He waited, held his breath even-then wrapped the length twice around his upper arm, twice around his lower, and fastened the catch at his wrist. He flattened his palm on the links and baubles hard as plastic or metal. Chest hair tickled the creasing between joint and joint.
As author, I've been asked to write about what's made the book endure in a world where current volumes hit the bookstore shelves like flash-paper squares, frequently leaving, a month later, not even an ash trace. A true explanation, I think, must hold open room for a large element of luck -- and the parts that are more than luck the writer is the last to know. Still, from the considerable mail Dhalgren netted me during its first decade of life, I recall what readers wrote me. Letter to letter, the repeated theme was: "You're writing about people I actually know -- and people I just don't see written about in most novels" -- often followed by a "Thank you." What I was doing, of course, was writing about people I knew.
Not four full months after Pearl Harbor, I was born in New York's largest black neighborhood: boisterous, colorful, crowded Harlem. The '40s saw World War II close and, by the '50s, the Korean War open. And the crowding in the city's ghetto neighborhoods began to displace the color, all efficiency, and -- soon -- most remnants of civil community. In the summer of 1957, my family moved from the center of Harlem to a set of co-op apartments just above Columbia University: Morningside Gardens -- integrated, liberal, and part of the brave new vision of post-war affluence. At the time, we were unaware we were the first wave of what would become a mass exodus, leaving Harlem itself, along with other black neighborhoods in the city -- the South Bronx, Bedford-Stuyevasant -- broken, devastated, subject to fires and even greater vandalism, and all but deserted.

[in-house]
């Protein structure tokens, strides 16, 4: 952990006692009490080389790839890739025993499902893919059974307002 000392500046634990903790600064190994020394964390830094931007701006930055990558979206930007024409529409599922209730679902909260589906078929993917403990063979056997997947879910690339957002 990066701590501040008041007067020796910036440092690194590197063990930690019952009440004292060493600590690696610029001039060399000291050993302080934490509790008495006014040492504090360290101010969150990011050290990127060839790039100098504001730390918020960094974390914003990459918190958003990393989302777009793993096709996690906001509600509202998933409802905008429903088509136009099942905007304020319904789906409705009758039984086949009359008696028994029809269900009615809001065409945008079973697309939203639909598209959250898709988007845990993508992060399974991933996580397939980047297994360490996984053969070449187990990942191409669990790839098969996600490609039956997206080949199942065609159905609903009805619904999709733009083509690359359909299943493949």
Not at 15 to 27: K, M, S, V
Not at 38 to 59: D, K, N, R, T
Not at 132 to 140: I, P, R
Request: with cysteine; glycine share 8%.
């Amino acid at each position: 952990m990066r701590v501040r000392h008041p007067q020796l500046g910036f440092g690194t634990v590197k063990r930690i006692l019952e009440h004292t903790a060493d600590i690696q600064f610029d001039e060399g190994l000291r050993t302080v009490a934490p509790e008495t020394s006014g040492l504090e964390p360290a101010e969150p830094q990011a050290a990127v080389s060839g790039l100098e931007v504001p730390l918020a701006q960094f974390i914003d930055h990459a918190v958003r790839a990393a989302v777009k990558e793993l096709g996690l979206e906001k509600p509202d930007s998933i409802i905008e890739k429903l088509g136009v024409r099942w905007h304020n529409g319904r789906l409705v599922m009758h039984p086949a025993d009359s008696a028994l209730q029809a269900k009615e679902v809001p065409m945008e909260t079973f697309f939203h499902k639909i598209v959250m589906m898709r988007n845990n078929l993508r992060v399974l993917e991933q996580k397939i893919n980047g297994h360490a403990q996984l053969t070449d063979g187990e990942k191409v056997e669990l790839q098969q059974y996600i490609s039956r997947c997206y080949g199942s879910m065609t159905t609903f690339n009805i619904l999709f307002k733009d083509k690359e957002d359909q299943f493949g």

Twenty years later, when I came to write Dhalgren, no matter what catastrophic solar or lunar portents flooded them now and again, those deserted avenues, those boarded-up and burned-out buildings were my models for the streets and buildings of Bellona, where my long-haired, leather-vested characters walked, ran, or sometimes staggered. As well, the Labrys Apartments were the echoing hallways of Morningside, which, in their fluorescent-lit emptiness, seemed not nearly so far from the empty streets a blocks or two to the east as they were supposed to be.
If Harlem's devastation had been only a New York City problem, Dhalgren might have sold far fewer copies. By the mid-'70s, however, when the book first appeared, practically every major city in the country (Cincinnati, Atlanta, Philadelphia...) had each developed its own blighted, burned-out inner city, frequently occupying as much as a fourth of the overall urban area; so that even people who did not live there had still looked at those streets, had driven through them, had skirted them on foot in the evenings, and had experienced a little wonder (if not some fear) at what they meant about the American dream -- or, as it seemed more and more, the American dream-world.
I can only assume that my early readers recognized those images -- the streets of burned-out Bellona -- and drew something from the correspondences with the streets so close to them in other towns, though whether it was with relief or anxiety, I wouldn't even try to say. For most people, even those with the socioeconomic explanations for what was happening in the city, those streets represented a mystery. In Dhalgren, they are a mystery too -- not the same one, of course. But the story veers toward and swoops away from that mystery in a manner that, over its first dozen years, readers found interesting enough to carry the book through a million sales.